Maybe you’ve seen this kind of trackback show up on your blog comments or in your Akismet filter:
[Your Blog’s Name] [verb] an [adjective] post today on [link to your blog article]. Here’s a quick excerpt:
If you go to the blog in question you’ll find an excerpt from your article that’s about 350 characters long in the post and you’ll probably also find Adsense ads and perhaps an affiliate offer or two on the page. It looks like a normal blog for the most part except that it is obviously generated by a scraping process, not an actual person.
Many people get annoyed by this. I’ve seen several posts recently decrying this kind of automated blog. They want to report them to somebody, anybody. However, this kind of scraping is actually beneficial to your blog. Here’s why.
1. It Validates Your SEO and Keyword Targeting Efforts
Getting noticed is always tough for a new blog, but, with a little basic SEO work you can indexed and splogged within a day of starting activity. Here’s an early post on OpTempo where I described this: One Day Old and Already Scraped and Spammed.
If splog software is noticing you this means that you’re indexed in Google and your feeds are pinging well. Your site is getting noticed and splogging lets you know this.
If you continue to get splogged, that means your posts are hitting popular, well paying, keywords. Once again, this helps validate your own keyword targeting efforts.
2. It’s a Free One Way Backlink
Google, Technorati, and others work off of backlinks. More backlinks means higher Google PageRank and higher Technorati authority for your blog in the long run. Excerpt splogging helps you gain backlinks and thus they improve your ranking as a result. The more splogs following your blog the better off you’ll be.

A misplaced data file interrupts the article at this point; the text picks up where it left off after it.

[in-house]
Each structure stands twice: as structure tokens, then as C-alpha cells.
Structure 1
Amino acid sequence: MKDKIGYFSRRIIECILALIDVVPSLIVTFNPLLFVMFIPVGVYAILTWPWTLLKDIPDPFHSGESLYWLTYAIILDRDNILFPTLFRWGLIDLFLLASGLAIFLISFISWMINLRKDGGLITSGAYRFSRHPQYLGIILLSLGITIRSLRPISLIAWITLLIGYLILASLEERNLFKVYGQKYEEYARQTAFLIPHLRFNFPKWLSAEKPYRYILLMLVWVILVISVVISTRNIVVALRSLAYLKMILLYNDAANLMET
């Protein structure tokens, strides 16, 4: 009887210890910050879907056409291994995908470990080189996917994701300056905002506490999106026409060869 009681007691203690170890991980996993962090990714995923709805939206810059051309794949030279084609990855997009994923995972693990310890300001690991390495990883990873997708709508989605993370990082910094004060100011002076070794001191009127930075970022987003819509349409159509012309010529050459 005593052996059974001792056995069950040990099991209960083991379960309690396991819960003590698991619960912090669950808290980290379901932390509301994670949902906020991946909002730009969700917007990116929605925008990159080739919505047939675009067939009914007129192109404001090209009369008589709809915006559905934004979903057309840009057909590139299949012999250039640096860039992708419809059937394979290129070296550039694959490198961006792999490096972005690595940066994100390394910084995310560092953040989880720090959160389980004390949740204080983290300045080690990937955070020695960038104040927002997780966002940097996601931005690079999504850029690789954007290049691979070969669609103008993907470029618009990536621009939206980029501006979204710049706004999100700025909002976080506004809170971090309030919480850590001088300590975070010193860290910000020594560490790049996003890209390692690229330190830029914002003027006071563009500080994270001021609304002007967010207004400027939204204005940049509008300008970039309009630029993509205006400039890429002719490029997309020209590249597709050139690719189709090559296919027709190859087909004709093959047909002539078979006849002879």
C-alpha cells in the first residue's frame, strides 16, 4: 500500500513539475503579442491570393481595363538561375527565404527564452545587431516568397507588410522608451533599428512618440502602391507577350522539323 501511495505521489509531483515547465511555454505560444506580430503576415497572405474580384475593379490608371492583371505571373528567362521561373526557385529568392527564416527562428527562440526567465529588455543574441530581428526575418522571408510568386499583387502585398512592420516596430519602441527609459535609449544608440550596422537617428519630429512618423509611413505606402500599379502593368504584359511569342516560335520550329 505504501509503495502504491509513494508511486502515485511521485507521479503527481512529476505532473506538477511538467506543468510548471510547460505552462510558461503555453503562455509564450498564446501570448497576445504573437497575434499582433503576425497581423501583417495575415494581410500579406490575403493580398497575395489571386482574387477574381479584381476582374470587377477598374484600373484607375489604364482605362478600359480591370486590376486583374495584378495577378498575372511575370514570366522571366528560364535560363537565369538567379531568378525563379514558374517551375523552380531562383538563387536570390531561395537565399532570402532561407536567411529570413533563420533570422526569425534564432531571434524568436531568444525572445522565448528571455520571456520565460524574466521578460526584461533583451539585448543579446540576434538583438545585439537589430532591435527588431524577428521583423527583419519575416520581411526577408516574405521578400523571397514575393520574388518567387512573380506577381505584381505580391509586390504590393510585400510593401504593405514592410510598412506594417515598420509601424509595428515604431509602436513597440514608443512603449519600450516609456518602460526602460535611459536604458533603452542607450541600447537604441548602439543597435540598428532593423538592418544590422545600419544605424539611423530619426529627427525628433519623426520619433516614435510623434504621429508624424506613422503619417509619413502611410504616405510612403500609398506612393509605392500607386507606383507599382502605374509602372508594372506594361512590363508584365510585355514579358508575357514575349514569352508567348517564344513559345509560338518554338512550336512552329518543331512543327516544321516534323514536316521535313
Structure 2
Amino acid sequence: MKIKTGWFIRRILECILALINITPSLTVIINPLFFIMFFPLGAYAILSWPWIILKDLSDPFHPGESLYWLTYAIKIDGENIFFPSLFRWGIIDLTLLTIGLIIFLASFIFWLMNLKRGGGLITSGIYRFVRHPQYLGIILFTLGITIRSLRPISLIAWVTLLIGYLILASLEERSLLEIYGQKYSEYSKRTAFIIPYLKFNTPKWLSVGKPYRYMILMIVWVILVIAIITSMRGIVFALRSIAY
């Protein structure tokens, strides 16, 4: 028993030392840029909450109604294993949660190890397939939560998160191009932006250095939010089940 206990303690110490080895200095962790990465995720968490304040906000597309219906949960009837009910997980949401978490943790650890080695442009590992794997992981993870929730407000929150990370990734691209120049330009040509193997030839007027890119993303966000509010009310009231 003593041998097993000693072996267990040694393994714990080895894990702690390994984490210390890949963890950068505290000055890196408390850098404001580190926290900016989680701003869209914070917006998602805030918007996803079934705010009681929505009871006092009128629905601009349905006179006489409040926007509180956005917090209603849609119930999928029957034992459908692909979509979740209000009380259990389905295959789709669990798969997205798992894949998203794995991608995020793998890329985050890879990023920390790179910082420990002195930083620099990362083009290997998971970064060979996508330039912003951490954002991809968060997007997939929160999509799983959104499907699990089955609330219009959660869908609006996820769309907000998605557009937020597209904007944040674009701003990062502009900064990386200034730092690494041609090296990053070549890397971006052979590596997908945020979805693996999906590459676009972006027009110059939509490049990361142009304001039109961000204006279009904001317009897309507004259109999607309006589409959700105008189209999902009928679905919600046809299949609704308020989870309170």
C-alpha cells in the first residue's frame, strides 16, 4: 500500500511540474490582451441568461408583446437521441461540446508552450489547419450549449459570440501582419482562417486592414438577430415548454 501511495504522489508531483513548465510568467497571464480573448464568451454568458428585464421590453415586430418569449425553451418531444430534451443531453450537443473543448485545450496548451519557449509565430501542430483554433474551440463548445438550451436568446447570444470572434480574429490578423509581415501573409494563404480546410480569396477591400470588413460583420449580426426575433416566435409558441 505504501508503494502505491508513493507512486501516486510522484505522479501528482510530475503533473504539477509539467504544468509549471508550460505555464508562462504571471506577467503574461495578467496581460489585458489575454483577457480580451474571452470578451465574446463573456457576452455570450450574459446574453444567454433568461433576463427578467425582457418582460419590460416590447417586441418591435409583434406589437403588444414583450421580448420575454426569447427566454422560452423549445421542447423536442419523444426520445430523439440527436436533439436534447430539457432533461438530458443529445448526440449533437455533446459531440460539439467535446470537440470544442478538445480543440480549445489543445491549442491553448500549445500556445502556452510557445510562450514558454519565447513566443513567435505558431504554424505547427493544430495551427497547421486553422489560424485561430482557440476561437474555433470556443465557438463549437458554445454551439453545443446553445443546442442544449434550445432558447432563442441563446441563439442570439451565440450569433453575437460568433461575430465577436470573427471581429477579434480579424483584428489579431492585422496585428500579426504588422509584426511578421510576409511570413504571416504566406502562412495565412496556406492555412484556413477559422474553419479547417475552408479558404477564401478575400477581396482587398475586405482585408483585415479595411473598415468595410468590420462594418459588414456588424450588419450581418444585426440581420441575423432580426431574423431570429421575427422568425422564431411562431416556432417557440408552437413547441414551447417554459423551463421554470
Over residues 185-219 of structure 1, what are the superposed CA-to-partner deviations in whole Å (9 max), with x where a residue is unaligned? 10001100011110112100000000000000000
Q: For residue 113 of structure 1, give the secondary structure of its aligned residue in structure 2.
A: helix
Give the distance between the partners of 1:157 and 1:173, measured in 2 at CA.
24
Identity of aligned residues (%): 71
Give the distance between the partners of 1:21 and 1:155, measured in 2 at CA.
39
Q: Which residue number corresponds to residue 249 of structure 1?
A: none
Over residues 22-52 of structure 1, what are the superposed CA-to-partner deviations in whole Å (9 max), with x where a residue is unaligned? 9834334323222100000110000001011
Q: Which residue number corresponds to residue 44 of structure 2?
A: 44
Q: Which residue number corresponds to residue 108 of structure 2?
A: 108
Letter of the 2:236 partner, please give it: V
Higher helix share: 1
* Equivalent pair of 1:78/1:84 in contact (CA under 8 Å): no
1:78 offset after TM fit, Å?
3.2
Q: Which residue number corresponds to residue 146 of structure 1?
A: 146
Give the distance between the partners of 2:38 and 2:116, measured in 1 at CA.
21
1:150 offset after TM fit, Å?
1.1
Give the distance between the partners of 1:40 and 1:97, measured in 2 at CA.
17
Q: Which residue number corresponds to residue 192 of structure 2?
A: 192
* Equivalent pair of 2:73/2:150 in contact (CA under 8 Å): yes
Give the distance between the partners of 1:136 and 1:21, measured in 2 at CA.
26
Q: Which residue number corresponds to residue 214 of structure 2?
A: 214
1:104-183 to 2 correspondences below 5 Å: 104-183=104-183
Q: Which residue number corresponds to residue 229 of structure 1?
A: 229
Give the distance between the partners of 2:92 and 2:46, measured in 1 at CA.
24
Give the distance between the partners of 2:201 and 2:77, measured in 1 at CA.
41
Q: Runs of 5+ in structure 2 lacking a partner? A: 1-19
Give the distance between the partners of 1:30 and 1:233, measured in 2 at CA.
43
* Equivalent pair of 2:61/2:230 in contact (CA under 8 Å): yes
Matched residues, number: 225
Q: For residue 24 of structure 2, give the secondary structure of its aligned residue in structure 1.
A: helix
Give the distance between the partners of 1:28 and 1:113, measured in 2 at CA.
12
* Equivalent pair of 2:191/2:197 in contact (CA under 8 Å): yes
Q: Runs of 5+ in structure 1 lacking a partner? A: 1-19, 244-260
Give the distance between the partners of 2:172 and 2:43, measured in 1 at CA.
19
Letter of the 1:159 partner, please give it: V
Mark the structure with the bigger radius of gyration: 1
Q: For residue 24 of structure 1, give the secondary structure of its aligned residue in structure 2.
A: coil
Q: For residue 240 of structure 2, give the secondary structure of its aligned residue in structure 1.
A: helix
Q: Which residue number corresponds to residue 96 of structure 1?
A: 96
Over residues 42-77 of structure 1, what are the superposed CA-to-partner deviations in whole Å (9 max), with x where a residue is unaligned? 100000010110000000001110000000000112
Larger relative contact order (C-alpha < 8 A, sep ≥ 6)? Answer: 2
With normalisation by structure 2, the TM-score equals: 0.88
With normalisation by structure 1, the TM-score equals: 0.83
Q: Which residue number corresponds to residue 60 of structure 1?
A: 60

3. Dupe Content is No Problem
Many fear that being splogged like this will trigger a Google duplicate content penalty. However, this is highly unlikely since the excerpt is generally only about 350 characters (much like the Blogging Zoom excerpt, BTW) and blockquoted. The Googlebot is smart enough to tell that this is simply a quote from another site and not original content. In fact, since you’re being quoted, this may even increase your ranking as an authority site in Google’s algorithm according to some “Why Wikipeida ranks high” theories I’ve heard.
4. There’s Not A Lot You Can Do Anyway
This kind of quoting is allowed under US and most other countries copyright laws. Short excerpts of an original work are allowed as fair use. This means that copyright complaints will fall on deaf ears.
Will Google suspend Adsense accounts for such blogs or de-index them? Maybe, maybe not. They certainly don’t suspend those who use article farms for content, although they may get a dupe content penalty. Also since these splogs are within copyright law they’re unwilling to do anything on that front, since that could, in turn, affect manually edited blogs that quote news articles or other bloggers.
About all you can do is mark the trackbacks as spam in Akismet. This is probably the most effective response you can have.
What are your thoughts on “quick excerpt” splogs? Leave me a comment and let me know.